I found this book alright. I quite enjoyed it, and if the subject matter, or book type, is more your thing, you’d probably really like it. Some of the things I did like were finding out some of the history of this time period.

I liked the character of Fidelis the best. The younger doctor is a bit quirky, and utterly confident with it, and I did like this. The descriptions of how he eats meals methodically were joyous for me.

I also thoroughly enjoyed some of the northernness of the phrasings:

‘No,’ he declared with emphasis. ‘Folk like their gold and silver too much. Change it for paper? They’ll like as change a clog for a cloud.’



Cragg’s wife is a clever, amusing woman. Throughout the novel she is reading a novel herself and this is a great little side story. The other women characters don’t come off so well, for example…

From her clothes she was evidently very poor but her poverty did not conceal the other notable fact about her: she was extremely pretty.

The two most noticeable things about her, however, were first that her face and figure were strikingly beautiful,

mmm yeh.

This book will probably well suit fans of historical mysteries, fans of Preston Guild, and people who love a bit of finance in their mysteries. I’m not wholly converted!

Martin Creed Exhibition – Harris Museum and Gallery, Preston.

Art is great. I’m no expert, and I think a lot of it is total BS. But it’s all still brilliant. It’s become particularly brilliant since I’ve been taking my children to art galleries.


neon excellence.

This Easter week we went to a Martin Creed exhibition at The Harris Museum and Art Gallery in Preston. There were paintings that looked very simple (like my 4 year old daughter could have done them), a line of cacti,  a light going off and on in a room, a video of people with different disabilities, unaided, getting across a zebra crossing, and a video of people making themselves sick on a floor (ewwww). Immediately we had a conversation about what is art. Everything can be art. My son, who is 6, said ‘art is creativity’ and I felt a bit smug. A bit ‘good job done’.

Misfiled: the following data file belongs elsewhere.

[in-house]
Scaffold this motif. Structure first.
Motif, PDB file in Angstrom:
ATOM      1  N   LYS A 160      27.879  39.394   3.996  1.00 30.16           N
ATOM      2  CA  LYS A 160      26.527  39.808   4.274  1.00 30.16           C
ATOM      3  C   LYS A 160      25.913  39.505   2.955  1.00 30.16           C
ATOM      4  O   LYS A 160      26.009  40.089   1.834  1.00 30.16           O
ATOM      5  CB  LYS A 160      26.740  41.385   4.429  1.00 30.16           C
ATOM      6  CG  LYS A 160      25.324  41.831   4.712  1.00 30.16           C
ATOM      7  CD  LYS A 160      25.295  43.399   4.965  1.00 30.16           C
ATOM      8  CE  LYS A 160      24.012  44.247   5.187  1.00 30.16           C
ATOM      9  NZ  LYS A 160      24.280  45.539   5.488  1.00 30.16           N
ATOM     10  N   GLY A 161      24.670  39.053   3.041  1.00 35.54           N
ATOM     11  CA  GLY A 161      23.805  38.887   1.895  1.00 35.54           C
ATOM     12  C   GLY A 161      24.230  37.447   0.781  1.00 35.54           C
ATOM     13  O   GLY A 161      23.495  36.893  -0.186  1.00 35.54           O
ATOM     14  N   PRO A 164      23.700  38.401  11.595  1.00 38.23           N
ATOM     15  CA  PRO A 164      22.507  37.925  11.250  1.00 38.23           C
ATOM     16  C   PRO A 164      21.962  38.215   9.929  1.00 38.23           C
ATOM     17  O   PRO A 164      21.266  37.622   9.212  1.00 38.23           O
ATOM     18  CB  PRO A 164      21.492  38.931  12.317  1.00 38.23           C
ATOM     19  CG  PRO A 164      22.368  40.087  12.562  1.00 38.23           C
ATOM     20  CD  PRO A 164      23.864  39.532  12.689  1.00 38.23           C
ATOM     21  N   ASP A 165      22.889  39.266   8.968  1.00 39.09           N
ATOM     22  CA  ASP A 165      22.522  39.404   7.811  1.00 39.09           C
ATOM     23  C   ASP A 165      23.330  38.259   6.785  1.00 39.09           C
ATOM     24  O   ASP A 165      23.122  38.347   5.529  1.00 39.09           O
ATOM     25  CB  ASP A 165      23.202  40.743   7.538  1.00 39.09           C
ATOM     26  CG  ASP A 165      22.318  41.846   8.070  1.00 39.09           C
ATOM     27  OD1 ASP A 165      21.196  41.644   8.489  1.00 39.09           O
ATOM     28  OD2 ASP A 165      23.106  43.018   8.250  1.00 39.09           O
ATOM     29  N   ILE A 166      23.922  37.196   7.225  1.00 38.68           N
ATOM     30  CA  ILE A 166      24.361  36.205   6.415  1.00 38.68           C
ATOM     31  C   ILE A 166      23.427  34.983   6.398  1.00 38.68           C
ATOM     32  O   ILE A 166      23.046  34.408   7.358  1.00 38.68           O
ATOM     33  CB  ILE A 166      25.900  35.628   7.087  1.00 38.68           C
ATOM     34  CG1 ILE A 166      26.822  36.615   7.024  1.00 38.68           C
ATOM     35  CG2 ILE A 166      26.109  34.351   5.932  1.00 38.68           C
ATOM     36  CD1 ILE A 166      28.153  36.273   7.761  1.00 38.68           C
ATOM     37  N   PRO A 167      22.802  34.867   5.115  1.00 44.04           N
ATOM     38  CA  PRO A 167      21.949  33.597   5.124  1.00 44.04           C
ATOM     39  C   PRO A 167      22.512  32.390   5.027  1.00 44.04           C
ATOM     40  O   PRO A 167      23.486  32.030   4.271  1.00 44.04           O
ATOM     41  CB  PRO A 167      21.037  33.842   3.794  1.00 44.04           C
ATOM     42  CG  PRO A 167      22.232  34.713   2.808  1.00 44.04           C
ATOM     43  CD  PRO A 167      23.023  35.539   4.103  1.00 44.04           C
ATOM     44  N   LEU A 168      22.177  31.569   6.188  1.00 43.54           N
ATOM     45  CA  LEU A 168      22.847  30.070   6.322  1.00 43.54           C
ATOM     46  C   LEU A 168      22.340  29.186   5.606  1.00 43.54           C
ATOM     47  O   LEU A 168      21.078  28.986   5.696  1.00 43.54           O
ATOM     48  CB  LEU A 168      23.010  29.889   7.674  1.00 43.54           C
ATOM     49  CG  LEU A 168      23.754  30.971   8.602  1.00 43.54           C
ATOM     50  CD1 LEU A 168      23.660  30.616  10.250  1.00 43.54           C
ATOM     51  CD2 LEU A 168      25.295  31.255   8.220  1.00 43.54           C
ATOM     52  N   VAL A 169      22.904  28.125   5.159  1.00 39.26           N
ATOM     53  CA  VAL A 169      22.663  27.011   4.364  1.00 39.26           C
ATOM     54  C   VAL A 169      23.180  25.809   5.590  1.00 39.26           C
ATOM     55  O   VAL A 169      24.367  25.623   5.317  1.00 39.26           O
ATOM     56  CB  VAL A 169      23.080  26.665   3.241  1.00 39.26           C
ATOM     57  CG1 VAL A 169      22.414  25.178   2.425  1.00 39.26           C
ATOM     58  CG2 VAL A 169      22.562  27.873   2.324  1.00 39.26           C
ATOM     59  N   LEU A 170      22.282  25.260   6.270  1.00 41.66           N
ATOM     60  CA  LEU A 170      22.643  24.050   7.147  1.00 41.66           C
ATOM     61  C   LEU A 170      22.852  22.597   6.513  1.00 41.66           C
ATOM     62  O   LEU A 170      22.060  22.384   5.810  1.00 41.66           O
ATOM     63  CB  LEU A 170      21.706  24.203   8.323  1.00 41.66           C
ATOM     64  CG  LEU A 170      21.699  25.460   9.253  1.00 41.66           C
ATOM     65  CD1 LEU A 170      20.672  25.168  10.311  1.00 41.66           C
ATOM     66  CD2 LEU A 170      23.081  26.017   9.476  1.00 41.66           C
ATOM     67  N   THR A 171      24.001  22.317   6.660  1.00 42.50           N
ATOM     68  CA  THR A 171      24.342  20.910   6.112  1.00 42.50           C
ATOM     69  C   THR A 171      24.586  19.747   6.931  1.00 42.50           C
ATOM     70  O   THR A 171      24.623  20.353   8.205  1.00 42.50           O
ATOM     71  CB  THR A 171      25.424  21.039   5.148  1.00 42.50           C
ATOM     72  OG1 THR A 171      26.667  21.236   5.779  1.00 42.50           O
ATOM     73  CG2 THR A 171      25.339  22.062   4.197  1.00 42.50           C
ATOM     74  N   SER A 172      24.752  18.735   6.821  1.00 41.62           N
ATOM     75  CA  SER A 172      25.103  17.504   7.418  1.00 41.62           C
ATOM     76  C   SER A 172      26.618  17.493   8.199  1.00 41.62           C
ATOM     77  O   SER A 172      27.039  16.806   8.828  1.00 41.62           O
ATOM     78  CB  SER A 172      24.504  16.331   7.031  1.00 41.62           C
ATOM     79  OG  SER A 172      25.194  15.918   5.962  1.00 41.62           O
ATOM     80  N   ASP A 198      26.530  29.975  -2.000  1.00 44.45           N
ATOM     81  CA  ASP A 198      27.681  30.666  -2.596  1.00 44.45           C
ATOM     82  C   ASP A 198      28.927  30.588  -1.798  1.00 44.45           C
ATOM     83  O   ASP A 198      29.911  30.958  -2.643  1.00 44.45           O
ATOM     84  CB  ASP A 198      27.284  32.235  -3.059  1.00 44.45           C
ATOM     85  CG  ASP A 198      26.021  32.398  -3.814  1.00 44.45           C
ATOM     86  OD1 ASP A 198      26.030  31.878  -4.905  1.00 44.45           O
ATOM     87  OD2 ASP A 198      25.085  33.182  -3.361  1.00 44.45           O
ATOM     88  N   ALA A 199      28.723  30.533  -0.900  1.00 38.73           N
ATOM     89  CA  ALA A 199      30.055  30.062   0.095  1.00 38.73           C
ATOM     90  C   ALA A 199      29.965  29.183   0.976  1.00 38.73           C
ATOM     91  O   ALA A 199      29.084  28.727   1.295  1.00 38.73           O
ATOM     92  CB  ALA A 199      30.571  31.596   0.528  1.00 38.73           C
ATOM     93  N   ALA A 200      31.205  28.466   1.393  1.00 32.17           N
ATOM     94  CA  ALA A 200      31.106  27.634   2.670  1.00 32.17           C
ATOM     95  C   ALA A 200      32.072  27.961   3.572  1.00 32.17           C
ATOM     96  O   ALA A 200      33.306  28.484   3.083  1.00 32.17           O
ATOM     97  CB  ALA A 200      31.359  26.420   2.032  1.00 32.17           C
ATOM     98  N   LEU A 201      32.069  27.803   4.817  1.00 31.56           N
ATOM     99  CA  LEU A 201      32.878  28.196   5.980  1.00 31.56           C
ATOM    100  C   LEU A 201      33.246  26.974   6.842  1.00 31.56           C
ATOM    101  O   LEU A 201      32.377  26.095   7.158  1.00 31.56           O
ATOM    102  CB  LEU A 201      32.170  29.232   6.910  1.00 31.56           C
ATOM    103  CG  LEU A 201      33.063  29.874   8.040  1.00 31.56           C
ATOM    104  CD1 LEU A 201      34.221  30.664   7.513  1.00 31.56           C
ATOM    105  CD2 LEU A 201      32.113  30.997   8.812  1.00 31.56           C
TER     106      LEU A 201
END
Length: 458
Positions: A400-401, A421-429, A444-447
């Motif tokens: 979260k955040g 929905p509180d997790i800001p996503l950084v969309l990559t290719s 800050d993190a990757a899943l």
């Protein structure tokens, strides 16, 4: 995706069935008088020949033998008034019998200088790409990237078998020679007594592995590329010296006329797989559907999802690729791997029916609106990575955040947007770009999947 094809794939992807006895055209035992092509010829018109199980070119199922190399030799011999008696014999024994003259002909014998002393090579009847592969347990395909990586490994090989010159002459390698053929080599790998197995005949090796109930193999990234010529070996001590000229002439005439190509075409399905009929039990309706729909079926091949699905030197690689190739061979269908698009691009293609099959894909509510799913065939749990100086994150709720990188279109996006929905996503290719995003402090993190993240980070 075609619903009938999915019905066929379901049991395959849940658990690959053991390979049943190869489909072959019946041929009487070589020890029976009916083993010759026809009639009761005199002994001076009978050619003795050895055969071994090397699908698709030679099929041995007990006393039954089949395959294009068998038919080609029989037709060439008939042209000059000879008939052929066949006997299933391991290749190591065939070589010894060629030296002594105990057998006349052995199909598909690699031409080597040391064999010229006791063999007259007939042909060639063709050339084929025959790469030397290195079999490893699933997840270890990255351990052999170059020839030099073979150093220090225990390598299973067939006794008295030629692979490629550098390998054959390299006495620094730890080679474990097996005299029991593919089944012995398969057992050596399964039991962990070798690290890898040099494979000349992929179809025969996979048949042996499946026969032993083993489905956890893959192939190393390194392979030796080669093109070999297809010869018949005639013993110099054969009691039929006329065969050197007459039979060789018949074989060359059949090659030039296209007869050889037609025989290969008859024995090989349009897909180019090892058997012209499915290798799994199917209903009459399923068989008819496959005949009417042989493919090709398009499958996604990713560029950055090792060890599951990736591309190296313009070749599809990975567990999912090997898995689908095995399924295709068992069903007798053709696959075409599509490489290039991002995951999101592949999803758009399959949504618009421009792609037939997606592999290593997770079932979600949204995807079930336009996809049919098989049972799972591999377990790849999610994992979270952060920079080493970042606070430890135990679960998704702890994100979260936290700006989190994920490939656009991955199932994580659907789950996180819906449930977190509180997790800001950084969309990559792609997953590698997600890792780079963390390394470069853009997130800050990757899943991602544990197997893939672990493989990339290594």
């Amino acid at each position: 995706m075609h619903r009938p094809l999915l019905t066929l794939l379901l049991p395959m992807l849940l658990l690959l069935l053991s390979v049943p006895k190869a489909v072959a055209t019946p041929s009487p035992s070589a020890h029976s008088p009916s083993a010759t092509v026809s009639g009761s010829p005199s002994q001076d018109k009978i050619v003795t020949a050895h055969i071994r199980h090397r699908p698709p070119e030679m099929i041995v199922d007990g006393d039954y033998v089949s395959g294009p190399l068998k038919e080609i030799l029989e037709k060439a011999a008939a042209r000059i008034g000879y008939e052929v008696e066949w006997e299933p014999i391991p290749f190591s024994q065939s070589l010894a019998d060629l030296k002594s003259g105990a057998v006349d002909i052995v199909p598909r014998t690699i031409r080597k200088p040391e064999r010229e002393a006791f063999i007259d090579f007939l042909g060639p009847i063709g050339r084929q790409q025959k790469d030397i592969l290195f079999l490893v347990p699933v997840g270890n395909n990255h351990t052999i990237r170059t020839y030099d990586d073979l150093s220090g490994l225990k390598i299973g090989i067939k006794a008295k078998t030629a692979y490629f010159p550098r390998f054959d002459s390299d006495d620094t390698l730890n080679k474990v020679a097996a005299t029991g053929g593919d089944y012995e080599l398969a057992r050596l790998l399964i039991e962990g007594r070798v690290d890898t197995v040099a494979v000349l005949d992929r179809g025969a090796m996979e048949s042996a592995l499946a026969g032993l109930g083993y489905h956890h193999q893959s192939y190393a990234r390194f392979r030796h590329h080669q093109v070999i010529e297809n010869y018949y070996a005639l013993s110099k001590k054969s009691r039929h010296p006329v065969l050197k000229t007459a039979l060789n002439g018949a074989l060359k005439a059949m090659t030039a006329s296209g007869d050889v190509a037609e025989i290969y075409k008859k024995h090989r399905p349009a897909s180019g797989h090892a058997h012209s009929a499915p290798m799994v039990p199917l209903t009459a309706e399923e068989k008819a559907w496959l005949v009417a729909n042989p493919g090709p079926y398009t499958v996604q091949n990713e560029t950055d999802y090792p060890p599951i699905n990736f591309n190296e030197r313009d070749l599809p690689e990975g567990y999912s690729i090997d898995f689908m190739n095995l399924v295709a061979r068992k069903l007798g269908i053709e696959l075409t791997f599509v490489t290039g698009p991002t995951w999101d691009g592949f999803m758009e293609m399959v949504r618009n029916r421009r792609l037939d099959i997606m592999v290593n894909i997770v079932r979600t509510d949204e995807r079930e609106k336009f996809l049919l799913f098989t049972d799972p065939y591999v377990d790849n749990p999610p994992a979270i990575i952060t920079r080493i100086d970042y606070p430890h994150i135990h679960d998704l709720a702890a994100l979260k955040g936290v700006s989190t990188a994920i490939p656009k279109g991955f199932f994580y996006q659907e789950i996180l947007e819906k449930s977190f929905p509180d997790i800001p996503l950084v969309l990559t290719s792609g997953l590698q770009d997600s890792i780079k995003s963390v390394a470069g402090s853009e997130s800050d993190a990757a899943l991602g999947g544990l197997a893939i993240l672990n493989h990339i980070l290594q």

The next day my daughter asked me why some people have legs that don’t work. I didn’t realise at first that she was thinking about the zebra crossing video from the previous day. I got the link when she sat on the floor and started trying to move herself across the kitchen using her hands to lift herself back a little bit, like one of the people from the video. She was narrating it all, talking about it being difficult, wondering what could make someone’s legs not work, thinking about wheelchairs.


small child fascinated by videos of people being sick.

I never expected my children to mention what they saw again. We didn’t spend a lot of time there, and we certainly didn’t try and read all the descriptions. Just mooched about having a look, wanting them to just know these things exist and art isn’t just realistic looking paintings and sculptures. I think art should make you think, and this did just that.

The exhibition is on at the Harris Museum and Art Gallery in Preston until 3rd June.